Fitting a hub is, of course, something we should all be very familiar with. If you’re yet to fit one, rest assured that Ascher Racing has supplied the Hex keys and M5 bolts you’ll need to mount your hub. I always use a Simucube SQR hub with a BG racing extension, of which I have several to choose from.

All the tools and fittings you need to install your QR hub
All the tools and fittings you need to install your QR hub

In my cockpit setup, a 100mm extension is just right for my position. I’ve written a guide to installing a QR hub if you’d like to take a quick look for guidance.

Use the right amount of torque to tighten your bolts. As you’re tightening the bolts, arrive at what feels tight without needing to use any extra force. My rule of thumb is to give the bolt an additional 1/4 turn. I use a tiny amount of screw-lock in the thread on my own wheel installations, but research this and decide if that approach is for you.

Here’s my completed installation:

Completed attachment of QR hub Artura Pro USB
Completed attachment of hub and another closeup of the Gen 6 paddles

Mounting Options

The manual outlines the mounting options available which depend on your wheelbase. 6x70mm PCD fitments from the exterior of the wheel are the norm, although the manual affords you other options too:

70mm to Fanatec QR2 Adapter mounted from inside the casing
70mm to Fanatec QR2 Adapter mounted from inside the casing

Reading the manual yields a lot of important insight: the fact that Ascher Racing instructs its owners on how to fit QR hubs that require captive screws via the internal casing is impressive. It also demonstrates the level of engineering consideration put into the design.

Here are the quick-release mounting options for the Artura Pro USB that are covered in the manual, some of which require you to open up the wheel body:

  1. Simucube (SC2) SQR Wheel Side
    • Compatible with the Simucube Adapter
  2. Ascher Racing SQR Adapter
    • Compatible with the SC2 SQR Wheel Side
  3. 70mm Bolt Pattern Quick Release – External Mounting
    • Directly compatible with 70mm bolt pattern QRs with non-threaded through holes
    • Examples: Q1R
  4. Asetek QR – Internal USB Connection
    • Utilizes the wheel’s internal USB-C connection for a wireless setup
    • Requires Asetek QR with USB-C type PCB
  5. M5 Threaded QRs (requires opening the steering wheel)
    • Compatible with QRs that have M5 threaded blind holes or other features preventing conventional mounting
    • Mounted from the inside of the wheel casing
  6. Fanatec Podium Hub (requires opening the steering wheel)
    • Mounted from the inside of the wheel casing
  7. Fanatec QR2 (requires opening the steering wheel)
    • Requires additional hardware:
      • QR2 to 70mm bolt pattern adapter (e.g., from SIM RACING MACHINES)
      • Captive screws to bypass M5 threads of the wheel casing
My completed Artura Pro USB installation ready to mount on my Simucube 2 Pro
My completed Artura Pro USB installation ready to mount on my Simucube 2 Pro

In summary, the Artura is compatible with any direct drive wheelbase that supports a hub with a 70mm PCD fitment, all Asetek wheelbases and Fanatec wheelbase too. Nice.

Overall Chassis Design, Feel and Manufacturing

Button and rotary detail
Button and rotary detail

Driving style and FFB Feel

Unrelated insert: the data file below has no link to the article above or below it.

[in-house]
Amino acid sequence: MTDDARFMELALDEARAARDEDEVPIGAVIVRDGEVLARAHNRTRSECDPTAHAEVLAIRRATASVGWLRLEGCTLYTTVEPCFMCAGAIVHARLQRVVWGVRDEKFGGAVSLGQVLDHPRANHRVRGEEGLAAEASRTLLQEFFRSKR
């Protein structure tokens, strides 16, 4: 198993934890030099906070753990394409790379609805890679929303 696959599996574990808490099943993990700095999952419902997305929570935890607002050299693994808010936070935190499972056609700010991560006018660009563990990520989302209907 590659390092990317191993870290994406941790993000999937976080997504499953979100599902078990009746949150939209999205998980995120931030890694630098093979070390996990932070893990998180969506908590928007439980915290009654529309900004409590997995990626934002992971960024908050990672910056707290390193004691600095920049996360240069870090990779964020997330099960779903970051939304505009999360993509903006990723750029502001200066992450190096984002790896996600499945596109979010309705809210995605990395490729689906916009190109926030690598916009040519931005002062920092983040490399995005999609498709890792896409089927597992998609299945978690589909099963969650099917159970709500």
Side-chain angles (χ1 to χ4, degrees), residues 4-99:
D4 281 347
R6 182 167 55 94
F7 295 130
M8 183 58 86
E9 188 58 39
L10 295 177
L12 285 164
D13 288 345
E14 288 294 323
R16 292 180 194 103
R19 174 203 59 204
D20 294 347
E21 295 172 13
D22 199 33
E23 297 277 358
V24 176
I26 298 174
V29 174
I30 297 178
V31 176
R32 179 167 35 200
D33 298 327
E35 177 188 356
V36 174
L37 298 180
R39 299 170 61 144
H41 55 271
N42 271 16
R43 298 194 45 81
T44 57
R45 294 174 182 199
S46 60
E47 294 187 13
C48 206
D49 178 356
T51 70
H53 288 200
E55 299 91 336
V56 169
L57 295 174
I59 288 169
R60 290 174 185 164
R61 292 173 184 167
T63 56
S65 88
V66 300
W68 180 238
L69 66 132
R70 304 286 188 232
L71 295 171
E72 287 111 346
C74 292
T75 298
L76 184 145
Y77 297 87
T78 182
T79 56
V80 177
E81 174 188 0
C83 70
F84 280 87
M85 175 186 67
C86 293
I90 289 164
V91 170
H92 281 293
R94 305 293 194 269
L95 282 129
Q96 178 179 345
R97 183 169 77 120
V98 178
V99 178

The Artura Pro USB is a sim racing wheel that you can grab hold of and hustle your car (if that’s your driving style). Conversely, the wheel diameter (300mm) lends itself to a smoother, more endurance racing style of driver input too. Whatever your driving style, the refinement of the chassis machine work makes the wheel communicate FFB detail from my Simucube effortlessly.

Top view with Ascher Racing logo
Top view with Ascher Racing logo

If you want to drive smoothly, carrying the speed without overly aggressive inputs, the Artura Pro works well, allowing you to enjoy each paddle input. That’s my driving style, something I’ve carried with me since my Mazda MX5 days (in the real world).

Ergonomics

There’s something about the ergonomics and the chassis design that makes the wheel adapt to you, rather than you adapting to the wheel.

All buttons, rotaries and grips on the Artura Pro USB
All buttons, rotaries and grips on the Artura Pro USB

I like the grips, everything is within easy reach and the smoothness of these paddles is sublime. The “highly revised, ergonomic PVC / rubber grips” feel grippy, and smooth to the touch and have just the right amount of compression available so that you don’t start to feel tired. This is without losing FFB detail.

Paddle Feel

The paddles have a uniform feel throughout the depression, followed by a surprisingly soft end stop. Unlike early-generation Ascher paddles, the Gen 6 paddles are very quiet. During use, they’re wholly predictable, and, engaging with the aluminium paddles is just a lot of fun.

Ascher Racing Artura Pro USB (rear)

There’s a weightiness to the feel of them that doesn’t interfere with your driving – it’s more a sense of certainty. Very light, carbon paddles can feel more switch-like – Ascher Racing paddles aren’t like that. They feel very refined and dare I say, expensive!

Buttons, Rotaries and 7-Way Joystick Controllers

The McLaren Artura Pro USB wheel features a total of 14 RGB-illuminated, configurable momentary push buttons with laser-labeled button caps. The buttons and rotaries are “Motorsport grade”, they are the same components you’ll find on the original McLaren track car’s wheel.

Artura Buttons, Rotaries and 7-Way Joystick Controller
Artura Buttons, Rotaries and 7-Way Joystick Controller

The RGB lighting is distinct and sharp, even in daylight conditions. The LEDs are programmable, too, via Simhub. Installation is as simple as using the Simhub “Add Device” functionality. From there, your button LEDs are assignable based on whatever effect group you’d like to use.

If you don’t fancy making any changes, SimHub installs the default LED profile, which doesn’t need any customisation to get started.

Session Delta in LED Editor (SimHub)
Session Delta in LED Editor (SimHub)

I’d estimate that pressing a button requires medium force, so there’s little chance of an accidental push. This is the same for the rotaries, they have strong resistance with a certain, high-quality feel.

I almost always assign my iRacing black box controls to the joysticks – what’s nice about the components used for the joysticks on the Artura Pro is that you can apply *some* force to them, but they won’t click until you apply the right amount of force. So again, they won’t trigger by accident.